by Judith G. Cobb, MH, CI, NCP
This article is not meant to diagnose or prescribe. It is meant for educational purposes only. Judith Cobb, Cobblestone Health, and Nature’s Sunshine Products accept no responsibility for results you get, whether good or bad, from using this information. Always seek the guidance of a qualified health professional.
The truth is, your skin can only be as healthy as your body, and thus your skin is a good reflection of your overall health. We’ve all seen people with sallow, saggy, or wrinkled skin, and we intuitively know that person is not in optimal health.
Your skin is the largest single organ of your entire body. It serves many functions, from holding you together, to protecting you from “mechanical impacts and pressure, variations in temperature, micro-organisms, radiation and chemicals”,1 to regulation of body temperature “via sweat and hair, and changes in peripheral circulation and fluid balance via sweat”,2 to sensing heat, cold, touch, and pain. It is also your largest organ of elimination.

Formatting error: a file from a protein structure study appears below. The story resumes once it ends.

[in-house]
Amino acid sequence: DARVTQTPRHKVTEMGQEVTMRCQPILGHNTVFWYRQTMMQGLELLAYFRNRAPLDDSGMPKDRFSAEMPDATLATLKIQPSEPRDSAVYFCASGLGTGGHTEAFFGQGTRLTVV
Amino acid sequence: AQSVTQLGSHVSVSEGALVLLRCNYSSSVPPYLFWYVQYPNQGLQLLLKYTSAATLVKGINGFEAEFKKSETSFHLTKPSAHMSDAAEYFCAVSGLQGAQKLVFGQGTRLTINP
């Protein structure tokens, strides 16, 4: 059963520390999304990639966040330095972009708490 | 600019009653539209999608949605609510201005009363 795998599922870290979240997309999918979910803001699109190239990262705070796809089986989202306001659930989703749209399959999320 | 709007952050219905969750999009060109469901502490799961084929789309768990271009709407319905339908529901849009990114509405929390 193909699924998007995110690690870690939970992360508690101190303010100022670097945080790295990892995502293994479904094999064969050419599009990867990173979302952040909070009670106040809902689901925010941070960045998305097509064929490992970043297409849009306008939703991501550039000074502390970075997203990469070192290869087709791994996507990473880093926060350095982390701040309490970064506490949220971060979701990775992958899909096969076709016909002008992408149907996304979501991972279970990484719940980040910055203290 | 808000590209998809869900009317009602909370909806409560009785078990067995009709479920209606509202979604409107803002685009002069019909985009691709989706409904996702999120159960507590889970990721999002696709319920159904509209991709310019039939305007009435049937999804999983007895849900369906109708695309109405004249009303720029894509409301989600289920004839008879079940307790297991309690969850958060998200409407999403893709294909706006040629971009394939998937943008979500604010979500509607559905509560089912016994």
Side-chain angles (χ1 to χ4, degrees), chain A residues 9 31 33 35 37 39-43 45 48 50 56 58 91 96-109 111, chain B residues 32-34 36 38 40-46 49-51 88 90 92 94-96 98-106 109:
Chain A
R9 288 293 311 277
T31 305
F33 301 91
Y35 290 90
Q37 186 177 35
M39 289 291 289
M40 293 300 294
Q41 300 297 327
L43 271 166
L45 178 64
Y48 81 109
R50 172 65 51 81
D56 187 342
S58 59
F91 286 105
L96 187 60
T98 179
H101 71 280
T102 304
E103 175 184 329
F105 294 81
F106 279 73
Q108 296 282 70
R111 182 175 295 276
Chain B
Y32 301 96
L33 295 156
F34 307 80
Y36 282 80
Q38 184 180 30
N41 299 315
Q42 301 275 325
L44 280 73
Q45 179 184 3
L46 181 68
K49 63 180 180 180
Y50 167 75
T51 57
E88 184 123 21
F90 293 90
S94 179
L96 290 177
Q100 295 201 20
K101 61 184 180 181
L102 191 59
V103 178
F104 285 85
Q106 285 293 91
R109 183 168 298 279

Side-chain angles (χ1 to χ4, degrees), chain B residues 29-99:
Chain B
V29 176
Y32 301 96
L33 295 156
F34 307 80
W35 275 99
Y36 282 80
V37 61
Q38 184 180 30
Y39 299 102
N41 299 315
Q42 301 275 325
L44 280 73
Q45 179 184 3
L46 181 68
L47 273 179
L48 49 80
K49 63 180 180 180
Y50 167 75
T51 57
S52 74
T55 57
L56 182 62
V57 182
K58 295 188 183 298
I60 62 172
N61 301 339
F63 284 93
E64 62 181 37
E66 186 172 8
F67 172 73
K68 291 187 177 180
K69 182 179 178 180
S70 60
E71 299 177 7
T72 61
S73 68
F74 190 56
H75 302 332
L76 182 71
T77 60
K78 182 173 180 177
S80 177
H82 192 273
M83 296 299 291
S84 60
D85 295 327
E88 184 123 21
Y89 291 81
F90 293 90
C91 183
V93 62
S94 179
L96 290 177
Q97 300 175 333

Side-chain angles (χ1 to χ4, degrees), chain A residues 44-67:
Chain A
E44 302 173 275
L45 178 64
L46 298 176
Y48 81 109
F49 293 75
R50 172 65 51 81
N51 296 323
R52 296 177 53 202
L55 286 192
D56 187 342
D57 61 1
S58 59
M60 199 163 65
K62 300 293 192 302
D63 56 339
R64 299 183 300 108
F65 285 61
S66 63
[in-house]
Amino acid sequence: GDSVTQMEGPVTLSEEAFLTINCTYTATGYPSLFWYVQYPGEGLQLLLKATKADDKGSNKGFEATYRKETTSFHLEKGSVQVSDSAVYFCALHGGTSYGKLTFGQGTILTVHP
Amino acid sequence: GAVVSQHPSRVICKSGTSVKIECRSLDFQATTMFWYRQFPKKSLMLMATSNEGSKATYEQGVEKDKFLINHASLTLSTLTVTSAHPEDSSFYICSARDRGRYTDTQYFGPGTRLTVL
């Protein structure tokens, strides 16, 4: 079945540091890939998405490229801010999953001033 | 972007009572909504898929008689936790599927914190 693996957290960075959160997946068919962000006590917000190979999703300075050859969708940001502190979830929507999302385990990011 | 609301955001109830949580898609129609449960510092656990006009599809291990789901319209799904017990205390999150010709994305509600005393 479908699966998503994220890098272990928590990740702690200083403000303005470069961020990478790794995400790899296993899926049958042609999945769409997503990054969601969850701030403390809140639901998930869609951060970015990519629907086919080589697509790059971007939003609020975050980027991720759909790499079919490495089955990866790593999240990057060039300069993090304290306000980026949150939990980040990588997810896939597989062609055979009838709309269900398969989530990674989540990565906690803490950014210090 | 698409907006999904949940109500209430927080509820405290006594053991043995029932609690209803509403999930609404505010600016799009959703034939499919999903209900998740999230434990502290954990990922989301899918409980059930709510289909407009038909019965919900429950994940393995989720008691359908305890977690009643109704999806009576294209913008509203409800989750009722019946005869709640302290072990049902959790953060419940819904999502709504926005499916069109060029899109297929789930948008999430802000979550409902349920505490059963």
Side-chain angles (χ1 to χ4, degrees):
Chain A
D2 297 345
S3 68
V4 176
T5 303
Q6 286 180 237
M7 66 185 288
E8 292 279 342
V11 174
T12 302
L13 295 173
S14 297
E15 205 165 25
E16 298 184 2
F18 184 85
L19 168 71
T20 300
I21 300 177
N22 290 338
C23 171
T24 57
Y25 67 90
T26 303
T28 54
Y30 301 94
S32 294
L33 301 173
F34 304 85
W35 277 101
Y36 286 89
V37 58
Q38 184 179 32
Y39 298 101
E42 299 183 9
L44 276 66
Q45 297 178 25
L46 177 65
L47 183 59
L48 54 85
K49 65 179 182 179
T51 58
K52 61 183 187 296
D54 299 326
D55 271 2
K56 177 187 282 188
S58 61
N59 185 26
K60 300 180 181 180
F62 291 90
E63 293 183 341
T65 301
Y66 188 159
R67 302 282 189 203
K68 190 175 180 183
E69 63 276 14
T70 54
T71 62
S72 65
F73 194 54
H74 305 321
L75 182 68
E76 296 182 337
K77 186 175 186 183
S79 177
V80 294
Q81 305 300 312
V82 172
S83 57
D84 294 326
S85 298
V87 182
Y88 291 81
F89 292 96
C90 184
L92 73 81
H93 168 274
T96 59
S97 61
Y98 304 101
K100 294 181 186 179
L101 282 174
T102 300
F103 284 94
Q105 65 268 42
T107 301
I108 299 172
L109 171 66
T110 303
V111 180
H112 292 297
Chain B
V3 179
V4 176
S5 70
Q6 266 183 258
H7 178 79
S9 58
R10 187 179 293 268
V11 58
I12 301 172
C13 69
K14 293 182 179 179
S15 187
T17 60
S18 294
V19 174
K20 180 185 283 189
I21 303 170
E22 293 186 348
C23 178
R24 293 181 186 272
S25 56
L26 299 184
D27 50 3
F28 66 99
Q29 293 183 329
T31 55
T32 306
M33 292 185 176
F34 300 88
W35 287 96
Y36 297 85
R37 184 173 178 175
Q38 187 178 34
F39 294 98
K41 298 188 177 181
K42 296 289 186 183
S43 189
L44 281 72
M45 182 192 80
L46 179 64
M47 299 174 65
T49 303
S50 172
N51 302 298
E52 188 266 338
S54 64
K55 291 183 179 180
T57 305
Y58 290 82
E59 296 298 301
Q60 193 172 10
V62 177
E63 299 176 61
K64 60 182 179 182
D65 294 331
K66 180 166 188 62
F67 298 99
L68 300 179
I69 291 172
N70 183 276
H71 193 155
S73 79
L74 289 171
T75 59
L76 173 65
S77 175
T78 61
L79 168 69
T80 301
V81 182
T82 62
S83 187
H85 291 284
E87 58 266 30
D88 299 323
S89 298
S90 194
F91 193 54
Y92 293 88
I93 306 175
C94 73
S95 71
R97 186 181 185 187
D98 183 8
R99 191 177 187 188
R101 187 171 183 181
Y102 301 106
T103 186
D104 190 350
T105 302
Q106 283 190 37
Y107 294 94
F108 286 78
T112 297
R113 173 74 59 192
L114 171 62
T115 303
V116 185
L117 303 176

What can you do specifically, with foods, to protect and support your skin?
Here is a short list of things we consume that harm our skin (I hesitate to call them foods).
Foods to avoid
Coffee is at the top of the list. Before you stop reading, consider the negative effects of tannins on cells, of the dehydrating properties of coffee,3 and the negative effects of caffeine on collagen production.4
Tied for first place is sugar. Sugar, combined with proteins, creates a harmful reaction called glycation. Glycation messes up how your body creates supple and strong collagen, among other things.5 Even fructose – aka fruit sugar – leads to glycation of proteins.6
Additionally, a high sugar diet leads to elevated insulin, which leads to elevated testosterone, which stimulates oil production in the skin and leads to pimples. Dairy (tied for first place as well) has been implicated in much the same way.7